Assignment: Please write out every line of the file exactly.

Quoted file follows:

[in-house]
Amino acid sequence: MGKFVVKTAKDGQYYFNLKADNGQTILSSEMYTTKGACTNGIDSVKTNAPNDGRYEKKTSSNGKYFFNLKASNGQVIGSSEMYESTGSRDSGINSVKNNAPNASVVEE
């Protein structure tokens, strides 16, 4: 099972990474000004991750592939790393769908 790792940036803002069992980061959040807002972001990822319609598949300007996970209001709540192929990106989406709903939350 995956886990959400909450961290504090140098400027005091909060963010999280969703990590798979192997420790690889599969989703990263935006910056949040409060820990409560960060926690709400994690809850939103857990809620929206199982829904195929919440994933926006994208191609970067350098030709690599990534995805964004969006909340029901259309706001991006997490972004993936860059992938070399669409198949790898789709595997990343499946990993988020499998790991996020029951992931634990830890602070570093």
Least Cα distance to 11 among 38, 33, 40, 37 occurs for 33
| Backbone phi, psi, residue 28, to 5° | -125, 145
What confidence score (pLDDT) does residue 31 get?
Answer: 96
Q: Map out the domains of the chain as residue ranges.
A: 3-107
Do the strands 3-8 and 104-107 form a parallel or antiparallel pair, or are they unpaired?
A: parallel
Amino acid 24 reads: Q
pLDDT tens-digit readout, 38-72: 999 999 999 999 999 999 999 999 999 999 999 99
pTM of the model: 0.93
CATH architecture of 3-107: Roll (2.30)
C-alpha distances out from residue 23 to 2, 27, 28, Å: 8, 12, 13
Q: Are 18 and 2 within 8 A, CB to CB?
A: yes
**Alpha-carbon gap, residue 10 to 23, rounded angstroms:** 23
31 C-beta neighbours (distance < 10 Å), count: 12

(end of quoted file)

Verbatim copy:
[in-house]
Amino acid sequence: MGKFVVKTAKDGQYYFNLKADNGQTILSSEMYTTKGACTNGIDSVKTNAPNDGRYEKKTSSNGKYFFNLKASNGQVIGSSEMYESTGSRDSGINSVKNNAPNASVVEE
């Protein structure tokens, strides 16, 4: 099972990474000004991750592939790393769908 790792940036803002069992980061959040807002972001990822319609598949300007996970209001709540192929990106989406709903939350 995956886990959400909450961290504090140098400027005091909060963010999280969703990590798979192997420790690889599969989703990263935006910056949040409060820990409560960060926690709400994690809850939103857990809620929206199982829904195929919440994933926006994208191609970067350098030709690599990534995805964004969006909340029901259309706001991006997490972004993936860059992938070399669409198949790898789709595997990343499946990993988020499998790991996020029951992931634990830890602070570093």
Least Cα distance to 11 among 38, 33, 40, 37 occurs for 33
| Backbone phi, psi, residue 28, to 5° | -125, 145
What confidence score (pLDDT) does residue 31 get?
Answer: 96
Q: Map out the domains of the chain as residue ranges.
A: 3-107
Do the strands 3-8 and 104-107 form a parallel or antiparallel pair, or are they unpaired?
A: parallel
Amino acid 24 reads: Q
pLDDT tens-digit readout, 38-72: 999 999 999 999 999 999 999 999 999 999 999 99
pTM of the model: 0.93
CATH architecture of 3-107: Roll (2.30)
C-alpha distances out from residue 23 to 2, 27, 28, Å: 8, 12, 13
Q: Are 18 and 2 within 8 A, CB to CB?
A: yes
**Alpha-carbon gap, residue 10 to 23, rounded angstroms:** 23
31 C-beta neighbours (distance < 10 Å), count: 12